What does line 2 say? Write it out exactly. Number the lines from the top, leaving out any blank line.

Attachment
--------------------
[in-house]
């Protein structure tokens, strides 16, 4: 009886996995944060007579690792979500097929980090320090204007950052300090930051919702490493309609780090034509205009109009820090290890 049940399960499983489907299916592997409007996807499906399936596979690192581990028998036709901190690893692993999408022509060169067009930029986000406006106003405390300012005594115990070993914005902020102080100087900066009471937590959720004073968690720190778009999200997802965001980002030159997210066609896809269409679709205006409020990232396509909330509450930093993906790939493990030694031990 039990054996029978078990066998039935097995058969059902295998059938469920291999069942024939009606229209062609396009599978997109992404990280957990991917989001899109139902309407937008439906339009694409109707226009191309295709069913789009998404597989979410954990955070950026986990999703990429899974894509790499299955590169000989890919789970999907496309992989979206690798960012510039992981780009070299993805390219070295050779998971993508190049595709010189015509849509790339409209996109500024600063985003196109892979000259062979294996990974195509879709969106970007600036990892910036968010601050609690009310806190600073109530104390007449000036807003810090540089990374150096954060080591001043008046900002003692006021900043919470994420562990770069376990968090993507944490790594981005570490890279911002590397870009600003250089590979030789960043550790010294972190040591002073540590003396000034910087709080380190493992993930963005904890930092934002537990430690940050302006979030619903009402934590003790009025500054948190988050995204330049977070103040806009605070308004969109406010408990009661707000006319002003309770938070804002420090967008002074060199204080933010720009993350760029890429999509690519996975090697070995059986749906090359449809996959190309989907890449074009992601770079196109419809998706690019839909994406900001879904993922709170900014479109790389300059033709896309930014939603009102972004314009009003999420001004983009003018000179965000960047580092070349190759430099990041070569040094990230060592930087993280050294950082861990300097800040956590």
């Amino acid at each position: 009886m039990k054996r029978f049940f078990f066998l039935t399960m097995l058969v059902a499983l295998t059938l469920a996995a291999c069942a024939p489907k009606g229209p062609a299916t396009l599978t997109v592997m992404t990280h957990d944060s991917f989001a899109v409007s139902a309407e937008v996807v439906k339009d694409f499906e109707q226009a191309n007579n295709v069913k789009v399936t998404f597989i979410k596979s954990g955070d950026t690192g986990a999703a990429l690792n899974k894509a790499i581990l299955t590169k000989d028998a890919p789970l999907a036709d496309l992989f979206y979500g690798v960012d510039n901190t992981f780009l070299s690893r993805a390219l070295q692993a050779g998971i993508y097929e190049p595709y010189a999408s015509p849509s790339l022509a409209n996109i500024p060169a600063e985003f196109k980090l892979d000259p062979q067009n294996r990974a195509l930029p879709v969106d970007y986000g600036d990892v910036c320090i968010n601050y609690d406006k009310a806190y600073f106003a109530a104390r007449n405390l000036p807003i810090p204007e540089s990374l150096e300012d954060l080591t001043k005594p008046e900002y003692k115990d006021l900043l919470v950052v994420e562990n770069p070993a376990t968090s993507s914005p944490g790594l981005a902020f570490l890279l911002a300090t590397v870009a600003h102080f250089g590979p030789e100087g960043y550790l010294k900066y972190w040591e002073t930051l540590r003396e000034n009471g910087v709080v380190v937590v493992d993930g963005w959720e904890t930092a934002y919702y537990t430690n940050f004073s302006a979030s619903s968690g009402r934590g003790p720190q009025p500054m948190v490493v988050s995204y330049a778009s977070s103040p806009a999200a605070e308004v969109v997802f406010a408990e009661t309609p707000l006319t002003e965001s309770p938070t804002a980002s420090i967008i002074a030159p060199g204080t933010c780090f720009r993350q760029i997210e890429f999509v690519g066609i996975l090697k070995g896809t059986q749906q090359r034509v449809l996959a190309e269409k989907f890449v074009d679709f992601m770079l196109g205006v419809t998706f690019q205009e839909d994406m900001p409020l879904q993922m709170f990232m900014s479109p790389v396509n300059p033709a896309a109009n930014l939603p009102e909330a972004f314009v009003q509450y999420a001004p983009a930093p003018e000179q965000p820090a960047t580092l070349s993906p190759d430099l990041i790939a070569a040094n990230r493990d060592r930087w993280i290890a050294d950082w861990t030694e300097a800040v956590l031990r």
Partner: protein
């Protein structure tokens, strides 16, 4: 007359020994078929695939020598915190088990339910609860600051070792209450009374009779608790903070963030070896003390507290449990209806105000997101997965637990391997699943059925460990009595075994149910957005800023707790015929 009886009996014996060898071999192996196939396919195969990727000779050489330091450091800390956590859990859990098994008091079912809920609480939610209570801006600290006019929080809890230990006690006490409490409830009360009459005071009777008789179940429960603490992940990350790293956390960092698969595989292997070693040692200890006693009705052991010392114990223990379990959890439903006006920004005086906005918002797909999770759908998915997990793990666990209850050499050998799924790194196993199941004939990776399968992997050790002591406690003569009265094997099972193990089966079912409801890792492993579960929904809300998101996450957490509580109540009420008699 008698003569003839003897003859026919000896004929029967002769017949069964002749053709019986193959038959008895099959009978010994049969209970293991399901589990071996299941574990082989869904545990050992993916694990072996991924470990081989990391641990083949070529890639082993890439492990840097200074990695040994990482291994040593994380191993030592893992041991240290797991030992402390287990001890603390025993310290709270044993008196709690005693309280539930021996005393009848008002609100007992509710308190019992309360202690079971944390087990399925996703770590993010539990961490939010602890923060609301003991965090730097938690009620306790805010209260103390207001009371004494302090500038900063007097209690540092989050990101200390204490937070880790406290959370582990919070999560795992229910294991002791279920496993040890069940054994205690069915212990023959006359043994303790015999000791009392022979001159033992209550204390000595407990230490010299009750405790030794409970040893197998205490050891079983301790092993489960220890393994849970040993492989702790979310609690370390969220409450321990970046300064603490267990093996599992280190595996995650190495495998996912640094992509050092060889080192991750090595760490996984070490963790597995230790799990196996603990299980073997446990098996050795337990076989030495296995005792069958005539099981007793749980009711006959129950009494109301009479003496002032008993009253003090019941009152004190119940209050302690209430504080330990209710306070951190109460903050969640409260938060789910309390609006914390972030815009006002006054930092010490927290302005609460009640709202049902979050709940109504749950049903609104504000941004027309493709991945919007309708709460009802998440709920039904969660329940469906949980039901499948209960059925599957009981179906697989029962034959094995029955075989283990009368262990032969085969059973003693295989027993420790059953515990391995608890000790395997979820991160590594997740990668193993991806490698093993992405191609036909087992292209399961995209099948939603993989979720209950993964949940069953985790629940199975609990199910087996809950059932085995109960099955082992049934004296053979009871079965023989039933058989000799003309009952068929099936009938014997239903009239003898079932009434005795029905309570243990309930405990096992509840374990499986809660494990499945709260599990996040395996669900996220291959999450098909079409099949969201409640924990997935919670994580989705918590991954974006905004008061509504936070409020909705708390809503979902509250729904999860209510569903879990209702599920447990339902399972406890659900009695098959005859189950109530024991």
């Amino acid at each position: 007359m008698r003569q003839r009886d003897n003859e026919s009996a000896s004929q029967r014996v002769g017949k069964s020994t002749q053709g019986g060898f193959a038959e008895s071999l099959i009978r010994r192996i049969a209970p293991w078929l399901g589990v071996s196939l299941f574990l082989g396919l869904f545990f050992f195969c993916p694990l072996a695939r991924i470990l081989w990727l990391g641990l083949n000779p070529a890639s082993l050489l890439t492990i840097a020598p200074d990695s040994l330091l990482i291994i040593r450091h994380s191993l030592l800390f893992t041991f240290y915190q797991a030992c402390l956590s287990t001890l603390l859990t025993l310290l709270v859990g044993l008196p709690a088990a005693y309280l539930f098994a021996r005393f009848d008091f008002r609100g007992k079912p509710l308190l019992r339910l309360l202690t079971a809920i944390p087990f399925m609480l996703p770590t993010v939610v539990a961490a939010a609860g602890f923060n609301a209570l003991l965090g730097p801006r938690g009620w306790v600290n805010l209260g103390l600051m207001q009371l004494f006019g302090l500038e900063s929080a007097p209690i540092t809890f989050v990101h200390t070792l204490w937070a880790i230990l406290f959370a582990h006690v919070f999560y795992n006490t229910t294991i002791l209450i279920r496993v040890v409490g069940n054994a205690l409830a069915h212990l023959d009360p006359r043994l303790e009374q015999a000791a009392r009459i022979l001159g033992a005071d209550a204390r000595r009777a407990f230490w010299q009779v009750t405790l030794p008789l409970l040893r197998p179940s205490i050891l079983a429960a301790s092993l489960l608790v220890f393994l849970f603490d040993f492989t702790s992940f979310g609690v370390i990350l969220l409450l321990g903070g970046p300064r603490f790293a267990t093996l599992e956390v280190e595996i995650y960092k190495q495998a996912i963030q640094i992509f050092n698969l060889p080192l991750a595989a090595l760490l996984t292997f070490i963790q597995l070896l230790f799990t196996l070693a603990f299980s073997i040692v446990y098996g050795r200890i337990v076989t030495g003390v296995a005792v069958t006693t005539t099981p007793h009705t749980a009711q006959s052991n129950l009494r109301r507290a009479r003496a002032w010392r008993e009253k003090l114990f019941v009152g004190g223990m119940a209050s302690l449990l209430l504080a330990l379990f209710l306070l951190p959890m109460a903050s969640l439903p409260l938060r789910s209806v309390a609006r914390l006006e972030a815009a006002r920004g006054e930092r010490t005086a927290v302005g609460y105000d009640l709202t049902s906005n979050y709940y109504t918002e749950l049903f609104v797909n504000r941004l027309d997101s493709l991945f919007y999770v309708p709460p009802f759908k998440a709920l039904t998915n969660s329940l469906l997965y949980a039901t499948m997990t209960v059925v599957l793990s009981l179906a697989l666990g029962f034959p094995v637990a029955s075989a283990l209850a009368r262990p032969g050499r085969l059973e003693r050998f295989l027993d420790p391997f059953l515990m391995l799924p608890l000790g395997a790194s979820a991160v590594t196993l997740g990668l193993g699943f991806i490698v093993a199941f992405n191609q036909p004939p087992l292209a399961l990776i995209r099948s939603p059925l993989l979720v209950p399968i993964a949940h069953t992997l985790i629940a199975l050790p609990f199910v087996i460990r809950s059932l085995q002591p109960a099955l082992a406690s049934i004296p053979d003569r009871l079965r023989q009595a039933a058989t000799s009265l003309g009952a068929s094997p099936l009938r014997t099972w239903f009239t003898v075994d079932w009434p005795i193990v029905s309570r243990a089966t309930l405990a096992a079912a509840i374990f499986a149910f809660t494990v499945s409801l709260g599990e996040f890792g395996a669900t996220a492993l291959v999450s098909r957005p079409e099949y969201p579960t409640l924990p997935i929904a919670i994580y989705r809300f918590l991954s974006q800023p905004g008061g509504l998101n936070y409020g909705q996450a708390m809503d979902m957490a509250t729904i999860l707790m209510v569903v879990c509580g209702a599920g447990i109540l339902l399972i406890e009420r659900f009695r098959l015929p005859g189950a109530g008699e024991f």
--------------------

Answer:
């Protein structure tokens, strides 16, 4: 009886996995944060007579690792979500097929980090320090204007950052300090930051919702490493309609780090034509205009109009820090290890 049940399960499983489907299916592997409007996807499906399936596979690192581990028998036709901190690893692993999408022509060169067009930029986000406006106003405390300012005594115990070993914005902020102080100087900066009471937590959720004073968690720190778009999200997802965001980002030159997210066609896809269409679709205006409020990232396509909330509450930093993906790939493990030694031990 039990054996029978078990066998039935097995058969059902295998059938469920291999069942024939009606229209062609396009599978997109992404990280957990991917989001899109139902309407937008439906339009694409109707226009191309295709069913789009998404597989979410954990955070950026986990999703990429899974894509790499299955590169000989890919789970999907496309992989979206690798960012510039992981780009070299993805390219070295050779998971993508190049595709010189015509849509790339409209996109500024600063985003196109892979000259062979294996990974195509879709969106970007600036990892910036968010601050609690009310806190600073109530104390007449000036807003810090540089990374150096954060080591001043008046900002003692006021900043919470994420562990770069376990968090993507944490790594981005570490890279911002590397870009600003250089590979030789960043550790010294972190040591002073540590003396000034910087709080380190493992993930963005904890930092934002537990430690940050302006979030619903009402934590003790009025500054948190988050995204330049977070103040806009605070308004969109406010408990009661707000006319002003309770938070804002420090967008002074060199204080933010720009993350760029890429999509690519996975090697070995059986749906090359449809996959190309989907890449074009992601770079196109419809998706690019839909994406900001879904993922709170900014479109790389300059033709896309930014939603009102972004314009009003999420001004983009003018000179965000960047580092070349190759430099990041070569040094990230060592930087993280050294950082861990300097800040956590």